“Have you heard a more silencing asnwer than that, what do you say ?”  The ex minister of Health Adonis Georgiadis wrote immediately on his social media  twitter account

11128333_955848017788751_1014432244297891026_n  Άδωνις Γεωργιάδης

16 hrs  Ο απίστευτος διάλογος Σόιμπλε-Λιού για την Ελλάδα – http://t.co/3XccUF81cq αποστομωτική απάντηση Σόιμπλε ή όχι τί λέτε;

On the same concept with the Lew-Schauble leaked dialog, also President Barack Obama was presented on Sunday, June 7, by the Greek media
to be “compromising to Germany’s strict demands for Greece”, on his talks with Merkel in Bavaria, due to this final point: the money asked from the US to be paid for the rescue of Greece
 White House spokesman Josh Earnest told reporters on Sunday that President Obama and Chancellor Merkel discussed Greece in their bilateral meeting ahead of the G7 summit .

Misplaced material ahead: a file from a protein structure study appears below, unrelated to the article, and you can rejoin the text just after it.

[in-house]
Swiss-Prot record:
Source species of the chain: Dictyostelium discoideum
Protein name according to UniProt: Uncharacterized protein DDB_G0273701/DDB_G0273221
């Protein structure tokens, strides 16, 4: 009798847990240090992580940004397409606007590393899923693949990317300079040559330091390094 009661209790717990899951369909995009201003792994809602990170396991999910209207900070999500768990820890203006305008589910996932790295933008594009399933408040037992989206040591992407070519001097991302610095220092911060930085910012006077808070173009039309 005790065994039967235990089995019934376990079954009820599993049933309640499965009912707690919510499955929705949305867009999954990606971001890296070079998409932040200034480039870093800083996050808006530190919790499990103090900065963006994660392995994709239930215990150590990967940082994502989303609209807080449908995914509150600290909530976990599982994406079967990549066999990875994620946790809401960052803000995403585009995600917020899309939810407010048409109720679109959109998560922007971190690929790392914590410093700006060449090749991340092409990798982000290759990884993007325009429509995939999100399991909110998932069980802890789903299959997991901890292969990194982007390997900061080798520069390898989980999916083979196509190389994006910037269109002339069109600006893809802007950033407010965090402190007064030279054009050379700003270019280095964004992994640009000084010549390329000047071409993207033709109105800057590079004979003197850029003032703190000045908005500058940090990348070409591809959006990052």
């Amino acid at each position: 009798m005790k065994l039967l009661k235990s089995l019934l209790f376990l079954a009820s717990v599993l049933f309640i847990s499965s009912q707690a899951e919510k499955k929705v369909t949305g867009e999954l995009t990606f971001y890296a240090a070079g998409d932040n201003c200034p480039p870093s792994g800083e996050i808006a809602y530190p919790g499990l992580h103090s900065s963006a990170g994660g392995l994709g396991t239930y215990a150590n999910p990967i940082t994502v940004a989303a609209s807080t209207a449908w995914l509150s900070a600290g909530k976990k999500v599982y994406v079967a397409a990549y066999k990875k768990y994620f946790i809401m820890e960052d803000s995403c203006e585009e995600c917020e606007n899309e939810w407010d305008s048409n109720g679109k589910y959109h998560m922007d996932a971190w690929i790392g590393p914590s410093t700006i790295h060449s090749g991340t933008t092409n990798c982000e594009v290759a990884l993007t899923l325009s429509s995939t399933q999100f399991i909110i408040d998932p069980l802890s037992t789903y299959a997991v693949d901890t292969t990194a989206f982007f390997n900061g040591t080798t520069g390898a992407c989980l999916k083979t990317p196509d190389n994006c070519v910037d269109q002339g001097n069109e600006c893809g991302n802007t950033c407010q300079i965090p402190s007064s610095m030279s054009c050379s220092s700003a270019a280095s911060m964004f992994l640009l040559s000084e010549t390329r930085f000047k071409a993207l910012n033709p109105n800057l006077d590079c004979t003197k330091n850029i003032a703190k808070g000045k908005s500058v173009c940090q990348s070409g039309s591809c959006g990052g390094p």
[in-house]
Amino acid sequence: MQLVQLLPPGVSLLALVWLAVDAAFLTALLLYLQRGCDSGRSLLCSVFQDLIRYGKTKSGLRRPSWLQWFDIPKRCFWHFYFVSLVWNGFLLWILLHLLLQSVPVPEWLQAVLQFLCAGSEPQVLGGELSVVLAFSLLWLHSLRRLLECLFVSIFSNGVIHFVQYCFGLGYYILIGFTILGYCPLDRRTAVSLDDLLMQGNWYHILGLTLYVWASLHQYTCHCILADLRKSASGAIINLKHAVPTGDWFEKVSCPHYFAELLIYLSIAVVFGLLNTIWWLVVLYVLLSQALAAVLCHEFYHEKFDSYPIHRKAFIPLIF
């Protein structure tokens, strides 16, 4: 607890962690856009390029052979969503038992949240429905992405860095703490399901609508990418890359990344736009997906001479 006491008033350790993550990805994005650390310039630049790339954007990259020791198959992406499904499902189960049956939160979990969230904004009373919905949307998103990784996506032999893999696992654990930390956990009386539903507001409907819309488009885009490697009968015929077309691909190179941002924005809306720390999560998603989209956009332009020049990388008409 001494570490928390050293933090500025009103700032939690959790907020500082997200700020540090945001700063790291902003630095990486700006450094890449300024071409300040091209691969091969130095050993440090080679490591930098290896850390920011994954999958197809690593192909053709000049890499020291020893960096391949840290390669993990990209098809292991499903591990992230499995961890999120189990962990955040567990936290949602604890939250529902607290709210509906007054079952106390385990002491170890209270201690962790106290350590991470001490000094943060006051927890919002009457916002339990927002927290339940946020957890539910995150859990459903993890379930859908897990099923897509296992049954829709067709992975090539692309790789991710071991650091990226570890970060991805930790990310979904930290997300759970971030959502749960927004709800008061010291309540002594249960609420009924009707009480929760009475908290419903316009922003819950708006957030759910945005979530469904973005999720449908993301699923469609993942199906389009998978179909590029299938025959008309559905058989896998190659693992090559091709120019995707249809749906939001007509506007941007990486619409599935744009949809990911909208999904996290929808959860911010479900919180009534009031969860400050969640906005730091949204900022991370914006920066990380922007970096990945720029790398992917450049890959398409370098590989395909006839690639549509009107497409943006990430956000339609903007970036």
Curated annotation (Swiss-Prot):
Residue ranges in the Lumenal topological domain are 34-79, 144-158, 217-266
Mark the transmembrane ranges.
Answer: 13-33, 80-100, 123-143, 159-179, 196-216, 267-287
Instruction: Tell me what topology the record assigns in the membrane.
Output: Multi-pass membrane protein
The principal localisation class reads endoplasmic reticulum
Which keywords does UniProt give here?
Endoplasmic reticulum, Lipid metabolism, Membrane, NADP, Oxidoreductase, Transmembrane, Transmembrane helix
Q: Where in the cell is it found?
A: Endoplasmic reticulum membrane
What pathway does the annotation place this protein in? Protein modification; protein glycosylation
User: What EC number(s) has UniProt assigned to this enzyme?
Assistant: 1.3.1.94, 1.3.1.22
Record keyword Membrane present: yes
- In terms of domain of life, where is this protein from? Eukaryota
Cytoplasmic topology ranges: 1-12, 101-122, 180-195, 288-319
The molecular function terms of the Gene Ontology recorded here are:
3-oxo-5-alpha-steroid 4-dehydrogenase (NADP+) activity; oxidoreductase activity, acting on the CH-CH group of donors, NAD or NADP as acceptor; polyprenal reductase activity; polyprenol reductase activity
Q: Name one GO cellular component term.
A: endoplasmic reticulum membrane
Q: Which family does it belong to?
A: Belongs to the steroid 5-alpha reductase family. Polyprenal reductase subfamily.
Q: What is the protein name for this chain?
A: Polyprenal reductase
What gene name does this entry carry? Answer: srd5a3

As the White House spokesman said the two leaders agreed that
Greece must reform and return to sustainable long-term growth, with Obama hopeful Athens and its partners can chart that course without causing volatility in financial markets, the spokesman added.

(which is actually what Greece has expressed is its intetnion to be.)

But the Obama-Merckel talk was not the only stressful “frontier” Greece had to face during last weekend

 In a day of secluded talks in the Alpine resort of Schloss Elmau, the biggest drama was provided by a verbal attack on the Greek prime minister, Alexis Tsipras, by the European commission president, Jean-Claude Juncker, the Guardian wrote